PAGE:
Race, Media, and the Elephant in my Room

The following is a stream of consciousness written from ten to eleven-thirty pm at a time when i was close to exhaustion and mostly wallowing in uncomfortable emotions. I wrote this to get some stuff out of my head that’s been following me around like a storm cloud for the past several years. Other than a brief SPaG run through it has not been edited. I’m posting it here because getting everything out was cathartic and I think putting it up for others to read will also help me in some ways. 

For some reason, I’ve found myself randomly reflecting on my racial identity and representation in media and how that’s played into my own self esteem issues that have persisted throughout my life. I can’t personally say that I’ve faced many outside obstacles though I also can’t say with total confidence that I won’t eventually run into problems like that. No, for much of my life, my issue has been an internal one brought on mostly by my family situation.

Growing up I have lived with my white mother and my white grandmother. My relationship with my Mexican father has gone through many stages but I can say without doubt that we’re currently what one would refer to as estranged. That’s not to say I haven’t been without contact with the Mexican half of my family. Throughout most of elementary school I spent my afternoons with my cousins who are also mixed race. For many years, I celebrated Christmas Eve with my paternal grandparents and everyone on that side of the family until the point where I no longer felt comfortable being there. Barring the occasional family gathering where both halves of my family mingle, I don’t keep much in contact with that side anymore.

Labels have also made things difficult. Calling myself Mexican-American has always made me feel weird for reasons I still don’t think I’ve held a good grasp on. But then calling myself simply Caucasian or Mexican/Hispanic wouldn’t feel right either. By officially declaring myself one or the other I’d feel bad that I were ignoring some other part of me just to make things easier on myself or for others benefit. Even if I never felt fully connected with my Mexican roots does that mean I have the right to pretend that part doesn’t exist? Would labeling myself Mexican mean erasing the white mother who raised me for my whole life?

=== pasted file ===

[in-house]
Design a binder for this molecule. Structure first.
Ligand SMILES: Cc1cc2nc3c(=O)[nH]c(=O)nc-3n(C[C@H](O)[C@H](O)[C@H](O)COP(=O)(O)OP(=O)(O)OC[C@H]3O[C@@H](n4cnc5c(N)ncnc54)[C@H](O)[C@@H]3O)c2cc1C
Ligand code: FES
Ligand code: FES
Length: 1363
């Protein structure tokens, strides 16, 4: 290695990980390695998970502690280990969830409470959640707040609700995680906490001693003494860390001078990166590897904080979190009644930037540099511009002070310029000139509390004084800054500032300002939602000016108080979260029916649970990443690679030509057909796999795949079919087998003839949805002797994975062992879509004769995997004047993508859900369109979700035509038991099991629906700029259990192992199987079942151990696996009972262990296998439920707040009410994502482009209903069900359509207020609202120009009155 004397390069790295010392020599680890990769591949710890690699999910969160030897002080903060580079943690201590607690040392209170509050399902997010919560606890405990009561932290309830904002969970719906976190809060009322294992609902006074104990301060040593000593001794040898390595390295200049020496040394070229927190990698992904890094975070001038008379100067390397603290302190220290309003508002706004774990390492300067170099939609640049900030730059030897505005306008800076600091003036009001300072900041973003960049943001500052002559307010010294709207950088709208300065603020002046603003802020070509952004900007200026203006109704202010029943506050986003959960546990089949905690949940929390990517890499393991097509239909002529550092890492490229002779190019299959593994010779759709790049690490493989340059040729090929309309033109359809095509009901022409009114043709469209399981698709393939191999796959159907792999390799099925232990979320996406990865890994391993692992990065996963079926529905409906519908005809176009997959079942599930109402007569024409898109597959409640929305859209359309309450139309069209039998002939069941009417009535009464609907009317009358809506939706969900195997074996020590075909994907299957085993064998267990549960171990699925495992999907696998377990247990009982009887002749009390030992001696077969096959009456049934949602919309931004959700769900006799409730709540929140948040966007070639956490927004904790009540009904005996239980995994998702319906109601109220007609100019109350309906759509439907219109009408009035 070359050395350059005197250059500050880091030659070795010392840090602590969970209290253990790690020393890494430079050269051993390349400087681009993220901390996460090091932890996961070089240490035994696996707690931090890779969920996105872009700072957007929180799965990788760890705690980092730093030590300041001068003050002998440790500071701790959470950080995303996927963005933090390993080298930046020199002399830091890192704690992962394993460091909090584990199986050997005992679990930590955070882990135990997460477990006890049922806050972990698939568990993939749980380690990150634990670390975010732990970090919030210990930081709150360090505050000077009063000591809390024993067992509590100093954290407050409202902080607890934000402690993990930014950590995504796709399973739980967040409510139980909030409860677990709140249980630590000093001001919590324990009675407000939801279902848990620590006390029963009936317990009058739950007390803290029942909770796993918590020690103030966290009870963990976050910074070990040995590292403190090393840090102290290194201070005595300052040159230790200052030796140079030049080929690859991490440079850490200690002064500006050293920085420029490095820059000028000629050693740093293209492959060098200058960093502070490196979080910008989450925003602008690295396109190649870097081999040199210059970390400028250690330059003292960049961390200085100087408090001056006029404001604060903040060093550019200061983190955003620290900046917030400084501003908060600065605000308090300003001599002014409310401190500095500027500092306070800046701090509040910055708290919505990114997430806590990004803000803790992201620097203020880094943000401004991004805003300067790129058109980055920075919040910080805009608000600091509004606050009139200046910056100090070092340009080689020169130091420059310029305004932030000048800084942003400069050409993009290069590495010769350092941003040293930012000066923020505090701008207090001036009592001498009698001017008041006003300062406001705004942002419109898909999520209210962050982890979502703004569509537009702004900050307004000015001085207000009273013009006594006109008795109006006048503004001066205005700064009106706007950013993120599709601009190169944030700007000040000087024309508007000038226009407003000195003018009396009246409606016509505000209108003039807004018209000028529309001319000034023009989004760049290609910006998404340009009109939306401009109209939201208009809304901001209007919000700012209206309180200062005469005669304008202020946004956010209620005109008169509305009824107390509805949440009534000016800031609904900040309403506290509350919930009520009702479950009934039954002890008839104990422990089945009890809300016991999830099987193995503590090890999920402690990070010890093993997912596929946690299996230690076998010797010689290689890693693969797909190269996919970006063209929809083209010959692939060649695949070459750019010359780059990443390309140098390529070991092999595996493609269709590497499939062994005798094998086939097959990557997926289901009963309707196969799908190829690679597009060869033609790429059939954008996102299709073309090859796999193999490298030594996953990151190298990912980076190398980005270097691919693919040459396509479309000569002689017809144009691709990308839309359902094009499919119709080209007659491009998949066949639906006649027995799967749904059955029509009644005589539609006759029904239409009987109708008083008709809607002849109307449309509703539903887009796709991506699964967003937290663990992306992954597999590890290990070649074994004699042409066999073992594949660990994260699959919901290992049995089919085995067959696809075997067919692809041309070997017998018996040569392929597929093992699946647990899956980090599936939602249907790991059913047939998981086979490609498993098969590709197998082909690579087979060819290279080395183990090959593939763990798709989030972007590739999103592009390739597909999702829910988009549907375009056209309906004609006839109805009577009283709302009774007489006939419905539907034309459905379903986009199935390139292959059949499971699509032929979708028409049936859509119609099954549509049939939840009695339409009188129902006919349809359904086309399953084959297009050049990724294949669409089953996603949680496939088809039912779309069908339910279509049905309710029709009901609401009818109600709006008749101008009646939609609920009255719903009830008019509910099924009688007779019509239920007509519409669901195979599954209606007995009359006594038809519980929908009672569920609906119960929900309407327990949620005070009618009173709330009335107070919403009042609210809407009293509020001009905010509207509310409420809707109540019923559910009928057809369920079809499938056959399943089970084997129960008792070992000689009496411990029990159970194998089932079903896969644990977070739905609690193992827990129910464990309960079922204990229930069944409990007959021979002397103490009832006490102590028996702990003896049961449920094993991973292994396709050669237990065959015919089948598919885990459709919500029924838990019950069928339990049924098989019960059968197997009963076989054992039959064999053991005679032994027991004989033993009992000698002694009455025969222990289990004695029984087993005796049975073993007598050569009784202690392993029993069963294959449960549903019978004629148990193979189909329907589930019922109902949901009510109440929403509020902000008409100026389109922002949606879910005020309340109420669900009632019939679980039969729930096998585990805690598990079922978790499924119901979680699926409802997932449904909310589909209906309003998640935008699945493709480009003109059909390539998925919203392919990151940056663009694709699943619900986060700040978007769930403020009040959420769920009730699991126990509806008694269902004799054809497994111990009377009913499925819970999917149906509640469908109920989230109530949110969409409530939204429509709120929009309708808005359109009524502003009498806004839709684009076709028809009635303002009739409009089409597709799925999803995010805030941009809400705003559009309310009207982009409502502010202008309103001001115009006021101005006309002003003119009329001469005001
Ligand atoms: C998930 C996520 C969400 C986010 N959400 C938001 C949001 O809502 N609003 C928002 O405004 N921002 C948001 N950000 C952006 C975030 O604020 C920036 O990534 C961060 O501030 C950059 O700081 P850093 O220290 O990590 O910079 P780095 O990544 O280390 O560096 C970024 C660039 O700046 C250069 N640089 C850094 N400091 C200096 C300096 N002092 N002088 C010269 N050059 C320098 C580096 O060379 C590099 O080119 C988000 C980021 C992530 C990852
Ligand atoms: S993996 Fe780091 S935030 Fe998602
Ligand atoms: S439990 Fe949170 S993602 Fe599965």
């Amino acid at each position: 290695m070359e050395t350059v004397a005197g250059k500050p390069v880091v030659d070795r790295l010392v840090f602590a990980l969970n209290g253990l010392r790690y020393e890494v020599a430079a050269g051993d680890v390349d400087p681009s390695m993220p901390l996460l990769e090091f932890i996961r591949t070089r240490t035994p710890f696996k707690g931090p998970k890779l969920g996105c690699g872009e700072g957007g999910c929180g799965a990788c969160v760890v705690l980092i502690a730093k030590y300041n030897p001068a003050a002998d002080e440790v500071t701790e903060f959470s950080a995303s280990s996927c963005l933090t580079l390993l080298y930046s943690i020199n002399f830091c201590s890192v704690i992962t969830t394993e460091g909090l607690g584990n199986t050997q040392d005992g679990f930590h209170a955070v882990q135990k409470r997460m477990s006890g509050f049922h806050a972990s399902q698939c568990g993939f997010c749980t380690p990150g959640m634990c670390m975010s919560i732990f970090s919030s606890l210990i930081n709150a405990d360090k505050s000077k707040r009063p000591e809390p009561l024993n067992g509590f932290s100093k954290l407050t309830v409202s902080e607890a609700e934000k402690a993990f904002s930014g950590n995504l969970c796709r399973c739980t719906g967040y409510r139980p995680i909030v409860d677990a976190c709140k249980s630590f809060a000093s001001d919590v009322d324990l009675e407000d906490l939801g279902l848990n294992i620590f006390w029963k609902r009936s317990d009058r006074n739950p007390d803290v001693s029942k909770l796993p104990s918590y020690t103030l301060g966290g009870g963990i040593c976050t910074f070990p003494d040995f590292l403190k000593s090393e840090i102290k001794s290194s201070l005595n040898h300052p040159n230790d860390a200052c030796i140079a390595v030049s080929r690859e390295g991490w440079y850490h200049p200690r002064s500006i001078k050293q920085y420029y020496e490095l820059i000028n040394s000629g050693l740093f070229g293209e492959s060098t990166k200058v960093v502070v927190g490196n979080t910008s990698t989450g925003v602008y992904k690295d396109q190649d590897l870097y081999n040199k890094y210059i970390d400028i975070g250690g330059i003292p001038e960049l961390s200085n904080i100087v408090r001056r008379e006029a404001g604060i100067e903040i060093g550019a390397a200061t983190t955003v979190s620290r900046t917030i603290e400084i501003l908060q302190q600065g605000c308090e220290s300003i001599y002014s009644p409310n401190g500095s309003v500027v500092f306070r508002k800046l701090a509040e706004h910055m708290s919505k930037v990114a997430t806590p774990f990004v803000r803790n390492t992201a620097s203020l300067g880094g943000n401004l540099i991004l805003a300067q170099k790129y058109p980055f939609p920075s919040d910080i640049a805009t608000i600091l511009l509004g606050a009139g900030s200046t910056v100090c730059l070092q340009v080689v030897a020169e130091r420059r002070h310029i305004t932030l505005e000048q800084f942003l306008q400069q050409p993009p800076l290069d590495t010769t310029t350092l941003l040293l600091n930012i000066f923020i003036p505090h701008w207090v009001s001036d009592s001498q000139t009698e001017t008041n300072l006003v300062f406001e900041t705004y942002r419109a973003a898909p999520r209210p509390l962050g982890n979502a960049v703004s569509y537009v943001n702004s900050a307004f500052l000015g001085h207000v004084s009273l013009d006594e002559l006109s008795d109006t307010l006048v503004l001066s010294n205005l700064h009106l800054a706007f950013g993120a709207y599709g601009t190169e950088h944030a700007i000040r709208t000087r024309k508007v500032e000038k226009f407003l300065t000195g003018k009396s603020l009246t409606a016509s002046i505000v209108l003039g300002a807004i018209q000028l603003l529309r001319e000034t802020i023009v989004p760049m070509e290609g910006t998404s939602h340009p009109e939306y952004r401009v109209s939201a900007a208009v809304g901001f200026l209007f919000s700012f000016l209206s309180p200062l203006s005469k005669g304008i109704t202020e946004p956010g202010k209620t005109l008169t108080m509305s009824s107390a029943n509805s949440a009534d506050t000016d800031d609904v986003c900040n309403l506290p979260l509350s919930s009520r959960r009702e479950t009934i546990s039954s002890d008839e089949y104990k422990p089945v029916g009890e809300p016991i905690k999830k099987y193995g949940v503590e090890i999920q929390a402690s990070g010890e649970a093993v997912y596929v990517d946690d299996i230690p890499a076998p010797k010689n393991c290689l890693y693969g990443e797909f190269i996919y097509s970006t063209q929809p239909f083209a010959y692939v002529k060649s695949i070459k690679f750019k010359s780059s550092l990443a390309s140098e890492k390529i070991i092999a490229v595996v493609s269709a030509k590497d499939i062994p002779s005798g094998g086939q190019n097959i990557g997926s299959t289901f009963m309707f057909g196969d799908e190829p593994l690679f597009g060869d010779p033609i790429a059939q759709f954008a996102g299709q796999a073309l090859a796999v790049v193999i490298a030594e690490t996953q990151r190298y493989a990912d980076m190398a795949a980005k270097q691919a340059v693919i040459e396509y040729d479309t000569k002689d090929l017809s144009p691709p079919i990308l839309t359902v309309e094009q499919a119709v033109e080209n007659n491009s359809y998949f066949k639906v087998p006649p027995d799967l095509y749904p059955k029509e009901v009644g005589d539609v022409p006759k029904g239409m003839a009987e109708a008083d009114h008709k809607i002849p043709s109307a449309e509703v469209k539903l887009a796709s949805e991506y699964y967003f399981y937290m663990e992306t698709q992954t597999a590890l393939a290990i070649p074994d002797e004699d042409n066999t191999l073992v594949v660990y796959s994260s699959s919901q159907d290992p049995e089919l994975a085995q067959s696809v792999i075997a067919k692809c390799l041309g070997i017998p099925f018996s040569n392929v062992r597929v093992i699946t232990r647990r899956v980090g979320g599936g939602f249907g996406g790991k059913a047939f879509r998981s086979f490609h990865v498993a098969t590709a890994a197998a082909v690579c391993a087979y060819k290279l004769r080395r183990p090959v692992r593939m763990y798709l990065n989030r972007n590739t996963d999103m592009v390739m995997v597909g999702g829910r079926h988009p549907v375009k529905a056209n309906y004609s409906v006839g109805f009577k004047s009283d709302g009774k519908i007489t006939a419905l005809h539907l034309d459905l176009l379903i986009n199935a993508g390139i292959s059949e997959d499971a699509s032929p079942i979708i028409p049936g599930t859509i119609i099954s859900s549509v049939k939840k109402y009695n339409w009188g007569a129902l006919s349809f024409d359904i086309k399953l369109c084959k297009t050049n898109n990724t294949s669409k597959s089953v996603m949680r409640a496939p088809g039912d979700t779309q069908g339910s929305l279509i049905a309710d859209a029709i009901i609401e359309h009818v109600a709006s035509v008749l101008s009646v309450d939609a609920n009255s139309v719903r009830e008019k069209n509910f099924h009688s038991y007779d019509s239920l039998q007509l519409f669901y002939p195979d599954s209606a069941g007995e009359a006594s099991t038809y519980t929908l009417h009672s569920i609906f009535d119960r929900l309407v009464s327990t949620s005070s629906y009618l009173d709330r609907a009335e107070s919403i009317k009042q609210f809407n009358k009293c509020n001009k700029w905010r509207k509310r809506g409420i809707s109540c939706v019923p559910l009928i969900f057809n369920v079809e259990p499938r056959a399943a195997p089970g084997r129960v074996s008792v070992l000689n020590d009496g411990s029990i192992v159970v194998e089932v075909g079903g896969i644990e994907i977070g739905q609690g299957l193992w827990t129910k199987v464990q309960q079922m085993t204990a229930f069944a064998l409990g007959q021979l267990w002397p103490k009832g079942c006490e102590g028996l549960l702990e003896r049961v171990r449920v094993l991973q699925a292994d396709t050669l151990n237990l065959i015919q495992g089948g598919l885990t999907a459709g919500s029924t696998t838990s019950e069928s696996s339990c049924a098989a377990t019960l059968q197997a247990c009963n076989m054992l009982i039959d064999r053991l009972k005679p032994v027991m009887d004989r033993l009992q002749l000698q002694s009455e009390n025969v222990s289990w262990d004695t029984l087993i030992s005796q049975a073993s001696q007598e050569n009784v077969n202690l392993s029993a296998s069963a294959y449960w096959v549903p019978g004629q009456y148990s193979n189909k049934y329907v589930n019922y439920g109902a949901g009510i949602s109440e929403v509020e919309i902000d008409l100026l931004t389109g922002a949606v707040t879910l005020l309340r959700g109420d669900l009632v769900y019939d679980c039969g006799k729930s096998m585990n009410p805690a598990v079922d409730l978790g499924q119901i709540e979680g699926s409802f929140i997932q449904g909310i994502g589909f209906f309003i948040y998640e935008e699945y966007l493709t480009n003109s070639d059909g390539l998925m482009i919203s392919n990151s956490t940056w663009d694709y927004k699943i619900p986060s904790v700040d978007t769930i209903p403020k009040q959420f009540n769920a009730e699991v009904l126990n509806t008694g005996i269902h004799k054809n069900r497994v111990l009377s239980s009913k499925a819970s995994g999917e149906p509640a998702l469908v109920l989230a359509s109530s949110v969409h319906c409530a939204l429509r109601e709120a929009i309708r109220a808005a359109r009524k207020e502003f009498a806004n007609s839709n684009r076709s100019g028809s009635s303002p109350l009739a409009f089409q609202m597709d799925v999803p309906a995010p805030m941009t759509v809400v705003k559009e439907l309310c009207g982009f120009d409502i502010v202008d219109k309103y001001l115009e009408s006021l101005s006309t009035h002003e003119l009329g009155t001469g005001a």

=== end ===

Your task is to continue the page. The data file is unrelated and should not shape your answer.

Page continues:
My experiences in life have led to me not liking labels very much. I don’t want to be half/half of something. I don’t want to be hyphenated or boxed into one thing or the other. I certainly don’t want to ignore one half of myself just so I can feel whole as a person but at the same time I feel I have much farther to go when it comes to accepting my racial identity.

And this is where representation in media comes in.

Everyone wants to be able to turn on a TV, read a book, or watch a movie and see themselves as a protagonist or an otherwise major character. I watch Disney Channel from time to time and get commercials for the cartoon Elena of Avalor. Elena is advertised as Disney’s first Latina princess and as much pride as it is to see this happen it’s also bittersweet. Where was this princess when I was growing up, when seeing such a character would have helped me so much?

One might look at representation in media in regards to children and think: “What does it really matter? Do kids really notice or care when there’s no one on TV who looks like them?” There are statistics one can look up that prove that yes there are kids who notice when they’re not represented in the media they consume. However, I honestly can tell you that I didn’t really think much of that when I was child.